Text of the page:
Apr 30, 2019

Remembering Mets History: (1968) Ron Swoboda Slugs Seven April HRs

April 1968: On April 30th the Philadelphia Phillies (8-9) came to Shea Stadium to face Gil Hodges New York Mets (7-9). Hodges was ending his first month as Mets Manager & was still observing what he had to work with. Both teams were just under .500 but were hoping for good things, for the Mets they were one year away from that Miracle Season.

Tonight's game was a classic pitchers duel as the Mets Don Cardwell went on to a five hit shut out, walking no one while fanning three. It was his first win of the year against two early losses. His opponent was the Phillies Chris Short, Short pitched 7 innings & allowed just one run but that was all New York needed.

In the bottom of the 2nd inning, Ron Swoboda hit the game winning solo shot. It was Swoboda's 7th HR of the month, in which he had played in just 16 games. He also had collected 16 RBIs and was among the league leaders that early in the season.

In the second game of the 1968 season, the Mets visited San Francisco to play the Giants. In a great pitching matchup, Tom Seaver went up against Juan Marichal. The two Hall of Famers went at it, both  lasting eight innings. Seaver took a 4-2 lead into the 9th before running out of gas. The Giants Willie Mays singled & moved up on a passed ball, then scored on Jim Ray Harts base hit. Seaver was relieved by Danny Frisella and hits to Nate Oliver & Jesus Alou ended in a Mets loss.

The Mets hitting star of the day was Ron Swoboda. In the 1st Swoboda's RBI single started off the big day. Then in the 3rd inning with Ken Boswell & Tommie Agee on base, Swoboda cracked a long three run HR off Marichal into the windy San Francisco night. It was his 1st HR of the season & put New York up 4-0.

April 19th - April 21st 1968: This three day four game stretch for Swoboda was certainly a hot one. On April 19th he hit a solo HR off the Los Angeles Dodgers Claude Osteen, but the Mets went down 3-2.

The next day Tom Seaver & Bill Singer went at it, matching zeroes into the 6th inning. Bud Harrelson reached base for the Mets with a bunt single, and Art Shamsky later walked. Swoboda came up hitting a three run HR, his third of the year. The Mets went on to a 3-3 win behind Swoboda & Seaver.

Sunday April 21st was a classic double header matinee at Shea. The Dodgers took the first game but Swoboda remained hot, he hit a 4th inning two run HR off Dodger ace; Don Drysdale, in a five run Mets inning. A four run Dodger 8th & a two run 9th off Met pitchers Bill Short & Deick Selma ended in a 7-6 Met loss.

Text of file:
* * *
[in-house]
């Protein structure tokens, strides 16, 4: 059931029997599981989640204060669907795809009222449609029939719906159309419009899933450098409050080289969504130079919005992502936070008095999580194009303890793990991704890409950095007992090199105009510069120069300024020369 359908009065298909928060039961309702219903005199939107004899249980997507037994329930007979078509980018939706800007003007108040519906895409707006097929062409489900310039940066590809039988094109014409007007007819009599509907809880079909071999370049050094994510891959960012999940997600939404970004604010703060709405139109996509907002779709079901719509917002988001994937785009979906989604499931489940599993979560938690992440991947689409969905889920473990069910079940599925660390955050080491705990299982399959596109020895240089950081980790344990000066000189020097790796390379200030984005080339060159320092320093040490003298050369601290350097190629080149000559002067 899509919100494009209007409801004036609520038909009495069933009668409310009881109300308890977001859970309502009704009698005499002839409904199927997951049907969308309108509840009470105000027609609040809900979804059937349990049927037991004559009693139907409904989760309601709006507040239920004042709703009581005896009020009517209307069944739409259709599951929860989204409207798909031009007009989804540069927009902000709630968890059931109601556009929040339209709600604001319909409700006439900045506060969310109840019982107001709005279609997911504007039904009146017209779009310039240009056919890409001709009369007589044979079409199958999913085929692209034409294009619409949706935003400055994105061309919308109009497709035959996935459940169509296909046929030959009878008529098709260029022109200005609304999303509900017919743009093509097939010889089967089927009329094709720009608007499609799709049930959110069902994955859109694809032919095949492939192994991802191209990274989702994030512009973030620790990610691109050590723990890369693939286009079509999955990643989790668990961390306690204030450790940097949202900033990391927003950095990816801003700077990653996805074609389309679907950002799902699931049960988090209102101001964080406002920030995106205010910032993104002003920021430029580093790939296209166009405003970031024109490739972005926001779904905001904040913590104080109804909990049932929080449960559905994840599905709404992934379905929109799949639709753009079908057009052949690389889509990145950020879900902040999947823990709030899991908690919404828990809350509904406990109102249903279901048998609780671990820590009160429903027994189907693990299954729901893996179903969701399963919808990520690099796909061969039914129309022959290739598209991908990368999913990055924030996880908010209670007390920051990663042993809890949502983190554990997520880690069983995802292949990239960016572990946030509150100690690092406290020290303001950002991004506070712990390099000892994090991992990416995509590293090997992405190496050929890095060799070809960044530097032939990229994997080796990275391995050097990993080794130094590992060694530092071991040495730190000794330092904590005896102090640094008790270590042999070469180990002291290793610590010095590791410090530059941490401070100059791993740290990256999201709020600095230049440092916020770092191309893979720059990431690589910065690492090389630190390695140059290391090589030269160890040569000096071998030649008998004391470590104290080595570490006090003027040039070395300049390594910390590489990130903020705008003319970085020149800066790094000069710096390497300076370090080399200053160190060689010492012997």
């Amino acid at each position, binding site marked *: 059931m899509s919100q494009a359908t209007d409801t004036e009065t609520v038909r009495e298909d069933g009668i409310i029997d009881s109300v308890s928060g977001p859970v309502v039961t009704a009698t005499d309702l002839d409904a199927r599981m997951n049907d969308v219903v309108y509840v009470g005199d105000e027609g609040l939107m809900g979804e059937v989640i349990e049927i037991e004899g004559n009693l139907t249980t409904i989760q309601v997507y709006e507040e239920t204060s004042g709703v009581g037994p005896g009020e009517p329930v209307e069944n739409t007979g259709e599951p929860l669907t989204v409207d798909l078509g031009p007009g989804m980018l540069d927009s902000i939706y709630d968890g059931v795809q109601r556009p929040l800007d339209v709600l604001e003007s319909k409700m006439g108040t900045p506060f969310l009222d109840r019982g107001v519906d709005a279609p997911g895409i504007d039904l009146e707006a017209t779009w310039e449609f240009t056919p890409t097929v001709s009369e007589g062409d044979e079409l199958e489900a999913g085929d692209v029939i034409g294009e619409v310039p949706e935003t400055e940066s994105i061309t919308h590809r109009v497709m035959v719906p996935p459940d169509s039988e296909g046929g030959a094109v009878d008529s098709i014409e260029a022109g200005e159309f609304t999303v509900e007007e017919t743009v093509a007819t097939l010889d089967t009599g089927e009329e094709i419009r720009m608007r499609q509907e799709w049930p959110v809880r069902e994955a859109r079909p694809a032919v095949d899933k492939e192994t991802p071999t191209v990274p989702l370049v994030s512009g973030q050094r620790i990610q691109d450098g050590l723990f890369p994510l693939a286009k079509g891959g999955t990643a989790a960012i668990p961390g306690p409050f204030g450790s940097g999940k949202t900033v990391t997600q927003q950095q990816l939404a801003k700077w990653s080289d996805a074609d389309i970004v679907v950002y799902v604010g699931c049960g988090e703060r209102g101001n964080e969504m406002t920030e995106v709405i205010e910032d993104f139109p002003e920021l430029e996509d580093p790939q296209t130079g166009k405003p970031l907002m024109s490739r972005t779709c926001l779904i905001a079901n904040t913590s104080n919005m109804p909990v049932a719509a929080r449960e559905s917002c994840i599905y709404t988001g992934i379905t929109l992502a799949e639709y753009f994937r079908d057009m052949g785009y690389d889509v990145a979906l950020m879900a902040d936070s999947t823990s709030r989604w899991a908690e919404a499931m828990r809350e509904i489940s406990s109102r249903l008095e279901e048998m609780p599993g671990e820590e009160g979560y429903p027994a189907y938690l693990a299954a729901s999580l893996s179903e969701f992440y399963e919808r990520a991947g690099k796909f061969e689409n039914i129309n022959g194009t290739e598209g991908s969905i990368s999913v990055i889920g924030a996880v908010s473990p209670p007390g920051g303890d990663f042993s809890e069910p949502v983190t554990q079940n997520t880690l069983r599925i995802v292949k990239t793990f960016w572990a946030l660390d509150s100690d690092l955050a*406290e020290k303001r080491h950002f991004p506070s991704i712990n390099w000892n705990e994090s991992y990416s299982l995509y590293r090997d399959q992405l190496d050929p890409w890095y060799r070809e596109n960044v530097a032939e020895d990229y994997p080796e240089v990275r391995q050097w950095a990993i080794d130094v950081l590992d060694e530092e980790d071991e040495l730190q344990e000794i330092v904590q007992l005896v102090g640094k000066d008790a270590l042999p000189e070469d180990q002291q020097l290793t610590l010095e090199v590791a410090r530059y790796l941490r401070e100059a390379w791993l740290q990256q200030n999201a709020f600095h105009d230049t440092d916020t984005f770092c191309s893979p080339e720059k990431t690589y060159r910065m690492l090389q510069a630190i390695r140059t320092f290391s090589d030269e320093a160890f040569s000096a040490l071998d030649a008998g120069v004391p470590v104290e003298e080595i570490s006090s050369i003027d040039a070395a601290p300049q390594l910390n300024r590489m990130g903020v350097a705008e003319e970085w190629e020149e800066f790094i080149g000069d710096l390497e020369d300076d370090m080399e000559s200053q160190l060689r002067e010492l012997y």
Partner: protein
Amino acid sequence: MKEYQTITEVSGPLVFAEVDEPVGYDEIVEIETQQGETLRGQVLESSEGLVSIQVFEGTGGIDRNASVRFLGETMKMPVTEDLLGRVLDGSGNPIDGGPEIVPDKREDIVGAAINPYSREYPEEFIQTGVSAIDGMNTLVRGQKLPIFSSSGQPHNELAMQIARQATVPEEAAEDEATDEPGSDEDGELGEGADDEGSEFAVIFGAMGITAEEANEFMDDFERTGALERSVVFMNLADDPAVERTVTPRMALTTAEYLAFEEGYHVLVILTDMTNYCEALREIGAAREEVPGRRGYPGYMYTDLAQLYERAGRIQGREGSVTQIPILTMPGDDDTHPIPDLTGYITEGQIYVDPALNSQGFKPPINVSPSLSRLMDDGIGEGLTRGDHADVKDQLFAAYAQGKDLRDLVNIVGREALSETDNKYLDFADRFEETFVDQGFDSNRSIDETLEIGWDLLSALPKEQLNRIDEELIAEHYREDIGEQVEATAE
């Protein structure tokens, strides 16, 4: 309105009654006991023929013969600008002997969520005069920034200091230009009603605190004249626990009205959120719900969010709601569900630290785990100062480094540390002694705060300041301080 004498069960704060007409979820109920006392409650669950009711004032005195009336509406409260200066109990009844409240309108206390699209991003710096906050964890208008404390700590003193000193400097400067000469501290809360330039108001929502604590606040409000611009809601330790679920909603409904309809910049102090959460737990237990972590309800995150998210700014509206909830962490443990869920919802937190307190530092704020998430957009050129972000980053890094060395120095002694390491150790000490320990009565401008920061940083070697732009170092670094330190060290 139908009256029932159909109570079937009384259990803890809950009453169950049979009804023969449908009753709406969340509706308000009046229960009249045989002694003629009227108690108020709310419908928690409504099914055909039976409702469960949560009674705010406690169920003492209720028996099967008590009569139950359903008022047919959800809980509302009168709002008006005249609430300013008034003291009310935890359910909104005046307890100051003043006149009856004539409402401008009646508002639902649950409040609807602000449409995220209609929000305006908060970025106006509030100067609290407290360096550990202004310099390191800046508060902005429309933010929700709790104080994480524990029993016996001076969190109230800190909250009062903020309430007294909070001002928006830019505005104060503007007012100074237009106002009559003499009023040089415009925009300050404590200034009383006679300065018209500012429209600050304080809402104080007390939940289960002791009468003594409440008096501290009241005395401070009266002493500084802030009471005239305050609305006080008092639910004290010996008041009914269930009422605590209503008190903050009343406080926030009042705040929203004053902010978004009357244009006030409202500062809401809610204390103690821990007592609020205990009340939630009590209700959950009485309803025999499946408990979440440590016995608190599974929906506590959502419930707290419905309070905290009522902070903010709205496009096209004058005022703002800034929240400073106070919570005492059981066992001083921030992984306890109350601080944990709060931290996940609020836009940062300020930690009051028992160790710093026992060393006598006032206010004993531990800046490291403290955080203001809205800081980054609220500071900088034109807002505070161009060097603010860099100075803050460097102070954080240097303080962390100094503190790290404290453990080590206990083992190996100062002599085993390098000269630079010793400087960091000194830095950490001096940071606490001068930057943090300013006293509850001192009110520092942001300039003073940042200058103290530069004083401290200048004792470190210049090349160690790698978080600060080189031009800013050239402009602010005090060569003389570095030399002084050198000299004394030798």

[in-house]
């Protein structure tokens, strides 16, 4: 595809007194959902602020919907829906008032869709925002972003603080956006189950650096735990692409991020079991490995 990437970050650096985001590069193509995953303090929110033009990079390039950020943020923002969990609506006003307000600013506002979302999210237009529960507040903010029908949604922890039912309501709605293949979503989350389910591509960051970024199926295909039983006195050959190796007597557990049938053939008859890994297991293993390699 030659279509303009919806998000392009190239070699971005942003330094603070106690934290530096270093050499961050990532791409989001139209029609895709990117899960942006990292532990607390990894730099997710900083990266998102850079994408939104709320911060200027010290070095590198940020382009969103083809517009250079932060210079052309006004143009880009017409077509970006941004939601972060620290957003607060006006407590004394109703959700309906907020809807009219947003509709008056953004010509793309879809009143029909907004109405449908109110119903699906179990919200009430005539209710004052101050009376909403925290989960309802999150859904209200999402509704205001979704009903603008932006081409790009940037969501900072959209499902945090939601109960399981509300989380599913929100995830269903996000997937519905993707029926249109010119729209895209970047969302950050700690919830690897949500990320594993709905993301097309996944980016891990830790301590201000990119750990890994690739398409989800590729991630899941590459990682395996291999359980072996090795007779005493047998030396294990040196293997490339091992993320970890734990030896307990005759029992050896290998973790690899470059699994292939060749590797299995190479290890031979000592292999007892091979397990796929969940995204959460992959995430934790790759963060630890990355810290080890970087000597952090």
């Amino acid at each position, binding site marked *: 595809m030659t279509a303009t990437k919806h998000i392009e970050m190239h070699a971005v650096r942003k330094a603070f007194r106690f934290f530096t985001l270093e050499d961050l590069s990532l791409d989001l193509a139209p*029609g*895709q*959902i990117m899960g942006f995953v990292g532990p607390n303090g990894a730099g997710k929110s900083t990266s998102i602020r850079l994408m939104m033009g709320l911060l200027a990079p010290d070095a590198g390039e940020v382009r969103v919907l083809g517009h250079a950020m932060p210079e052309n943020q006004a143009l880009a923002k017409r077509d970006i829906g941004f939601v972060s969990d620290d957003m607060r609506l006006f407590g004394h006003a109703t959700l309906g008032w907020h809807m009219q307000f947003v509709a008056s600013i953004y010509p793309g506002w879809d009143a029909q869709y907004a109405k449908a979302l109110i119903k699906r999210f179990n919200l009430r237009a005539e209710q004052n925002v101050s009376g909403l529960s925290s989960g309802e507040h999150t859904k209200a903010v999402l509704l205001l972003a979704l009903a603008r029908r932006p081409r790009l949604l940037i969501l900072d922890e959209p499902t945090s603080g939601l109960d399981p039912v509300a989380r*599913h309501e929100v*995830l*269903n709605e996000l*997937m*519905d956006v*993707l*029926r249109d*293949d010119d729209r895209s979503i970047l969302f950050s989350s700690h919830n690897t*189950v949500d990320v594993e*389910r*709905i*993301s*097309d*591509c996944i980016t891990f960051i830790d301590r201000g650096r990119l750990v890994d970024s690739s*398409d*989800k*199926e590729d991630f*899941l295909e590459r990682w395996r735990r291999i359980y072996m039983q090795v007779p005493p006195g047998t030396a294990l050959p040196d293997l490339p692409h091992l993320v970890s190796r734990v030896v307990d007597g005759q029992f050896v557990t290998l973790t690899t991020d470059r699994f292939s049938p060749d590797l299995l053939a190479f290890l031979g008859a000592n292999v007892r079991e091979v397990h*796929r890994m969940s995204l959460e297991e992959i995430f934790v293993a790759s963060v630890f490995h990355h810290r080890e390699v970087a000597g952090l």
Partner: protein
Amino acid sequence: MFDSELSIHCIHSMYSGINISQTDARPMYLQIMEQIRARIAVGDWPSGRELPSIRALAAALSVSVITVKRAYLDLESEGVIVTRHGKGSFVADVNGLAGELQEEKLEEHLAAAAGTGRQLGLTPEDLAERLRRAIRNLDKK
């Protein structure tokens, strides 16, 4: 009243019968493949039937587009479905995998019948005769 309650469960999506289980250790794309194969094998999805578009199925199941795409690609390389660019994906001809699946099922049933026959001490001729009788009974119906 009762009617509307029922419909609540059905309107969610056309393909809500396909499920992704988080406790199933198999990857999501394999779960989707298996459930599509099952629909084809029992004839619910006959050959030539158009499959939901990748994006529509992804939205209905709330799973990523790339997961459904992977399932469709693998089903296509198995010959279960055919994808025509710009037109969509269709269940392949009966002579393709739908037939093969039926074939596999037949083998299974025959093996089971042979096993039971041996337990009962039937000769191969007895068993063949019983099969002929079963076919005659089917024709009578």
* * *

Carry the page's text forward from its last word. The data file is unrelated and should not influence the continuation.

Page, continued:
The Mets dropped the second game as well, but Swoboda stayed hot, hitting a 4th inning solo HR. He kept a five game hit streak in tact & had hit HRs in four straight games with seven RBIs.

On April 27th Swoboda hit another HR & drove in two more runs, although the Mets lost again, this time 5-3 at Cincinnati to the Reds.

 Unfortunately his hot streak ended & he would struggle the rest of the year. He would hit just 11 HRs with 59 RBIs in 132 games.

Former Mets Catcher & Helmet Inventor: Charlie O'Brien (1990-1993)

Charles Hugh O’ Brien was born in Tulsa, Oklahoma on May 1, 1960. The six foot two Charlie O attended Wichita State University, hitting 25 HRs with 116 RBIs while leading his team to the 1982 College World Series.

That year he was drafted by the Oakland A’s in the fifth round as a catcher. Initially he hit .291 with 14 HRs at AA Albany in the Eastern League in 1983 but dropped off significantly the next two seasons. In 1985 the solid defensive catcher, got a September call up batting .273 in 16 games.

In 1986 he got traded to the Milwaukee Brewers along with two minor leaguers for pitcher Moose Hass. He played three seasons in Milwaukee and never hit like he did in college ever again, putting up a best .234 with 6 HRs 35 RBIs in 1989. In Milwaukee he was primarily B.J. Surhoff’s backup catcher, putting up strong defensive numbers. He threw out 43% of runners attempting to steal in 1989 & tossed out at least 36% every season in Milwaukee.

In August of 1990 he was traded to the New York Mets for two players to be named later, who turned out to be Julio Machado and another player named Kevin Brown. He didn’t hit much but became known around the league as one of NL's best defensive catchers.

O’Brien battled Mackey Sasser & Rick Cerone for the Mets catching job in 1991. Although he did not win the starting role, mostly due to his hitting, he became Dwight Gooden’s personal catcher.